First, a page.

Shelter When You Need it Most
Tents, Tents, Tents.
Tents, Tents, Tents. There are so many styles and so many uses. There is the tent I made in my bedroom as a kid by hanging a sheet over some chairs. Then there is the survivalist’s lean-to made of a pole and some branches.
Tents are basically a shelter you can make on-site or a shelter you can take with you. Kids play in them, My neighbor uses one to shelter his car because his garage is filled with junk.
What you need to survive after a storm destroys your house is far different from the shelter you need when climbing a mountain.
Because this website focuses on resilience, we will focus on what you need to camp on your property until your home can be restored after it is destroyed in a storm. The good thing about having a tent is, depending on what you get, they can have multiple uses. You can use them for camping and have them available for an emergency,
Tents have been around since our ancestors came out of their caves. Nomadic people still use tents for shelter. In the arctic shelters are made from snow. Mongolians call their shelter yurts. We call the shelters of Native Americans living on America’s Central Plains TeePees and the sacred shelter of the Navajo are Hogans.
Today we use tents for outdoor shelter when hiking in the backcountry, when weekend car camping, and any place we need temporary shelter. Think carefully about how you want to use your tent. The tent you want to withstand a blizzard is much different from the tent you can use in the backyard or when the kids want to camp out.
Be aware of the materials used when fabricating a tent. Broadly, tents are made of man-made materials, usually nylon, or from natural materials, cotton or poly-cotton. Man-made materials are used in backpacking tents because lightweight is important. Cotton is a heavier material and is suitable for car camping and situation where you set it up and leave it in one place.
Nylon tents are generally stronger and waterproof. They will resist tearing. Condensation can result in puddling inside the tent because the tent doesn’t breathe. Nylon flaps in the wind and is much noisier than a cotton tent. Nylon is a poor insulator. A nylon tent will get hot in warm weather and cold when it is cold. Because the nylon tents don’t breathe an interior stove for warmth and for cooking can build up carbon monoxide gas inside the tent. Be sure your nylon tent is well vented if you plan to bring a heater into your tent.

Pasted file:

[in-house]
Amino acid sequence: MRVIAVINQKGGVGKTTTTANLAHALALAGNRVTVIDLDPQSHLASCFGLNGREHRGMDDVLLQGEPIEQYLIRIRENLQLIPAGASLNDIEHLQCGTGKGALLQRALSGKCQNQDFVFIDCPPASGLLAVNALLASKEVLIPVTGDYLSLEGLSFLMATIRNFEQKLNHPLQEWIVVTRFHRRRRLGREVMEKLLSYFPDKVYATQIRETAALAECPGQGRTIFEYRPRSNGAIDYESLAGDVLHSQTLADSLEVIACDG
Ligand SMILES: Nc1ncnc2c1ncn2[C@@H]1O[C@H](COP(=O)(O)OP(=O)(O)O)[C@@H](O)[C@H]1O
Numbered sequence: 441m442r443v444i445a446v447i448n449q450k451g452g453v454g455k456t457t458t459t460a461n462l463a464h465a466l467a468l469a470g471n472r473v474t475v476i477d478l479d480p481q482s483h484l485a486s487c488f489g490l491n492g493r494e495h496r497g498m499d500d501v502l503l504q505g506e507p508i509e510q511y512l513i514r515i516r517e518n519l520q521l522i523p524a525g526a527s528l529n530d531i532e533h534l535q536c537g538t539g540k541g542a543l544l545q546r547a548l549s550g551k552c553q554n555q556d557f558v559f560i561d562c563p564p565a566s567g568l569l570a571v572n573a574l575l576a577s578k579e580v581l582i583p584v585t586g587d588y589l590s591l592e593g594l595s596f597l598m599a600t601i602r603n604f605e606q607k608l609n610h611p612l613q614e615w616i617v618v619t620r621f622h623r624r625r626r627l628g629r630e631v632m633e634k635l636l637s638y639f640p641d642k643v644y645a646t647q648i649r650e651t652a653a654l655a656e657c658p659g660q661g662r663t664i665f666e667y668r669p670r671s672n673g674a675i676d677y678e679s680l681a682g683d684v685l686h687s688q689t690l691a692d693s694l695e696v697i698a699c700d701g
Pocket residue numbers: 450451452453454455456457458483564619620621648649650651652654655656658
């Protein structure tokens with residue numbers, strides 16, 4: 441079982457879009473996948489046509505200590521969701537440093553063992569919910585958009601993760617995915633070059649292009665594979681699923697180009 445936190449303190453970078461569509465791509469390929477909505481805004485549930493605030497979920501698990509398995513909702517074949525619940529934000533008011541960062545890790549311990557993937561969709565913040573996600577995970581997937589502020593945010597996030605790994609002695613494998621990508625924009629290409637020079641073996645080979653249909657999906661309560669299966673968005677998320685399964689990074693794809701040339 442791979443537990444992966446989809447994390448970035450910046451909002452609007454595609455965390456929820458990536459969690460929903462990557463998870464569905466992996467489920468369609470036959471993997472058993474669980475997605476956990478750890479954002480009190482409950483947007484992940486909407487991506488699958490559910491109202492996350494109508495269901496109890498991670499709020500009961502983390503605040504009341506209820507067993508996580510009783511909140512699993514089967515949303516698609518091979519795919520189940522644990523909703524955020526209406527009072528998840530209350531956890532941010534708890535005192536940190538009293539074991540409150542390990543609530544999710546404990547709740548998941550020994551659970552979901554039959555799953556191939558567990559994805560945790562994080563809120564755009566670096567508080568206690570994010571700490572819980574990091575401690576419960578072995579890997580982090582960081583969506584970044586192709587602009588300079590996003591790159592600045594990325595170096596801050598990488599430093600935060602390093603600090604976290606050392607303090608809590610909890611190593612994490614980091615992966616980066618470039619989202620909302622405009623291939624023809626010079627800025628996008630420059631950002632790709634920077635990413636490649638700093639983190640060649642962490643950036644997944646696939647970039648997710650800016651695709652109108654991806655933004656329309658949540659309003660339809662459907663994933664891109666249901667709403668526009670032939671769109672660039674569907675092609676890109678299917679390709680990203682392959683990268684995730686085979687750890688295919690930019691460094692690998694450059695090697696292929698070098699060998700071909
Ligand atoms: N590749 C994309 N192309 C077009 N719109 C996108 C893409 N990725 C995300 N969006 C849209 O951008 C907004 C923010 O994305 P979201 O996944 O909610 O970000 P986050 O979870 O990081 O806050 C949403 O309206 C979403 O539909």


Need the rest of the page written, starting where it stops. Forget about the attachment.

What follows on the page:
Tents from natural materials
Cotton tents are heavy, breathe, and absorb water. Condensation is not a problem, but you will need a rainfly to make your tent leakproof to anything but light rain. A rainfly provides an air gap between the tent roof and the waterproof rain fly. A cotton tent is subject to mildew. Make sure a cotton tent is dry before storing it and it is a good idea to set it up occasionally to let it air out when you live in a humid environment. A poly-cotton tent has a polyester woven into the cotton material. It makes the tent stronger and less prevalent to mildew without destroying the tent’s breathability. Poly-cotton tents are more resistant to rips. For Details on tent materials
You will see tents described as one-season, three-season, and four-season tents. One-season tents are designed for mild weather use during the summer. In Hawaii, people bring open-sided tents to the beach to shield them from the sun. They can roll down cloth screens to shield them from mosquitoes that fly mostly at dawn and dust. Three-season tents can be used in all but the foulest weather.
Know what you are buying. Some companies have built their reputation on price. Their tents are generally made from manmade, cheaper materials. That is not necessarily bad. In fact, if you are an occasional camper, buying an inexpensive tent for summer camping can make sense.
You will want a large tent that can shelter your family for survival camping after a storm. You may want to consider smaller one or two-person tents for family members who want sleeping privacy.
Furnishing your tent for utility and comfort will be the subject of other posts. Consider how you are going to store your survival supplies and equipment. When your house is destroyed your stuff will go with it. Consider storing your stuff in public storage. Make sure it is a reinforced concrete building that can withstand the storm.